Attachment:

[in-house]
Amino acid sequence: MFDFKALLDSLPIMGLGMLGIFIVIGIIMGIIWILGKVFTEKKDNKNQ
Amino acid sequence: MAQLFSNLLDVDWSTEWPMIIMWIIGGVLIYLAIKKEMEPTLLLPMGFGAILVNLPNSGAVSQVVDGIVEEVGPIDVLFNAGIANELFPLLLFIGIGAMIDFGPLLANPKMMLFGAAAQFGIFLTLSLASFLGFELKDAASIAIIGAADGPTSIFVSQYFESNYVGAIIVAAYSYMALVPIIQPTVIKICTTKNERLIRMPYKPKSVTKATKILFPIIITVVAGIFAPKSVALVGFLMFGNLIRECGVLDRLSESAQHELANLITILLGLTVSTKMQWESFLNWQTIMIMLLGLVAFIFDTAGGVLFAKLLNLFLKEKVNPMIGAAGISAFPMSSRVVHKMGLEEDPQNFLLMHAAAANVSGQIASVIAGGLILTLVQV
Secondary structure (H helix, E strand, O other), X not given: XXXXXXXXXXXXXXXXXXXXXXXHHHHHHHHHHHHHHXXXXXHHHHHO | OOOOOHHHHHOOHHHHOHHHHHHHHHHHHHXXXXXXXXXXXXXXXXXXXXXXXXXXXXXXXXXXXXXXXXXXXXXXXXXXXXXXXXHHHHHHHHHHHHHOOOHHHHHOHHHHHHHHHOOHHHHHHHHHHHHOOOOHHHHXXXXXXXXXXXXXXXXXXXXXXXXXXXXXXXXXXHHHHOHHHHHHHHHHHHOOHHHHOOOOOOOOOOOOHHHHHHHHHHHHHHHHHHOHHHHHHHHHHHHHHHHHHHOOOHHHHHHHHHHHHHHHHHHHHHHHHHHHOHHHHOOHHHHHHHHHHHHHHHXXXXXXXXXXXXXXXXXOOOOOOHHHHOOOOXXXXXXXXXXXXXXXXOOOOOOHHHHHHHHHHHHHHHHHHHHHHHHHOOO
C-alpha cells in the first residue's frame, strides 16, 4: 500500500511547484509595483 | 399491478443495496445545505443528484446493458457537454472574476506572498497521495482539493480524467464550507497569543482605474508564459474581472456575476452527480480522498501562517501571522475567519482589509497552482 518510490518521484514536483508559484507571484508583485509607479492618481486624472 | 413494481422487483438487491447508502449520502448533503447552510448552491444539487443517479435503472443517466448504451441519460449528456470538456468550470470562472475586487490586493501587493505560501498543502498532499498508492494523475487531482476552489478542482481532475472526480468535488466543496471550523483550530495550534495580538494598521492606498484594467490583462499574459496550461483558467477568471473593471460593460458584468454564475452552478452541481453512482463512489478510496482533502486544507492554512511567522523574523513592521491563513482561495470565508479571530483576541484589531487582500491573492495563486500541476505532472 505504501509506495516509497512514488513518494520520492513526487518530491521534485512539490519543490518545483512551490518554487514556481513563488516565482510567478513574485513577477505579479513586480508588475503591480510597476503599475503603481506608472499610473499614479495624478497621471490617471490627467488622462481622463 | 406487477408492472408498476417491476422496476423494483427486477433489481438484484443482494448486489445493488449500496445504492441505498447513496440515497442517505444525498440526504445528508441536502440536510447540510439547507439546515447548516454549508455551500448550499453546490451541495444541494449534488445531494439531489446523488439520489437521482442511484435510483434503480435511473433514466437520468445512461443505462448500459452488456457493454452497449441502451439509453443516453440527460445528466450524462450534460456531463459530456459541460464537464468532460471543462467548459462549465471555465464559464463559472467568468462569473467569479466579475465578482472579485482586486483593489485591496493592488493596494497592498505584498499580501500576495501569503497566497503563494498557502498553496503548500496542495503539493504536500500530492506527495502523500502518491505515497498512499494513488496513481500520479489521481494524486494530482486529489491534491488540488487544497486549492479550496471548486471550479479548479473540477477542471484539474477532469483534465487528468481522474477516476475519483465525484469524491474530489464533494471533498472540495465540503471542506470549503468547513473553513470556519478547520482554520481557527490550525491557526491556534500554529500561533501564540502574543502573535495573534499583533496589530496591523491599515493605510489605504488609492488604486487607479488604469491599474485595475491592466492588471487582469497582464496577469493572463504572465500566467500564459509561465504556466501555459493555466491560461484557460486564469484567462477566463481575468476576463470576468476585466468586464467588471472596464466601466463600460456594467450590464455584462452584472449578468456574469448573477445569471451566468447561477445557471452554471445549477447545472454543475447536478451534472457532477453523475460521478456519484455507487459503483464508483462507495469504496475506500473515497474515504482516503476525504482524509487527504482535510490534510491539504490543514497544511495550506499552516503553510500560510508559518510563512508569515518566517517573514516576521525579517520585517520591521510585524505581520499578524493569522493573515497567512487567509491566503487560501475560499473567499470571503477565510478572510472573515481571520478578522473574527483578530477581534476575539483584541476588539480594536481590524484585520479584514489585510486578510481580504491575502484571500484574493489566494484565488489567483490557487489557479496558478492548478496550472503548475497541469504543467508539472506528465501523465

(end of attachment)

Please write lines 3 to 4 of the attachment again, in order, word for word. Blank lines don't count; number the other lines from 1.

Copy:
Amino acid sequence: MAQLFSNLLDVDWSTEWPMIIMWIIGGVLIYLAIKKEMEPTLLLPMGFGAILVNLPNSGAVSQVVDGIVEEVGPIDVLFNAGIANELFPLLLFIGIGAMIDFGPLLANPKMMLFGAAAQFGIFLTLSLASFLGFELKDAASIAIIGAADGPTSIFVSQYFESNYVGAIIVAAYSYMALVPIIQPTVIKICTTKNERLIRMPYKPKSVTKATKILFPIIITVVAGIFAPKSVALVGFLMFGNLIRECGVLDRLSESAQHELANLITILLGLTVSTKMQWESFLNWQTIMIMLLGLVAFIFDTAGGVLFAKLLNLFLKEKVNPMIGAAGISAFPMSSRVVHKMGLEEDPQNFLLMHAAAANVSGQIASVIAGGLILTLVQV
Secondary structure (H helix, E strand, O other), X not given: XXXXXXXXXXXXXXXXXXXXXXXHHHHHHHHHHHHHHXXXXXHHHHHO | OOOOOHHHHHOOHHHHOHHHHHHHHHHHHHXXXXXXXXXXXXXXXXXXXXXXXXXXXXXXXXXXXXXXXXXXXXXXXXXXXXXXXXHHHHHHHHHHHHHOOOHHHHHOHHHHHHHHHOOHHHHHHHHHHHHOOOOHHHHXXXXXXXXXXXXXXXXXXXXXXXXXXXXXXXXXXHHHHOHHHHHHHHHHHHOOHHHHOOOOOOOOOOOOHHHHHHHHHHHHHHHHHHOHHHHHHHHHHHHHHHHHHHOOOHHHHHHHHHHHHHHHHHHHHHHHHHHHOHHHHOOHHHHHHHHHHHHHHHXXXXXXXXXXXXXXXXXOOOOOOHHHHOOOOXXXXXXXXXXXXXXXXOOOOOOHHHHHHHHHHHHHHHHHHHHHHHHHOOO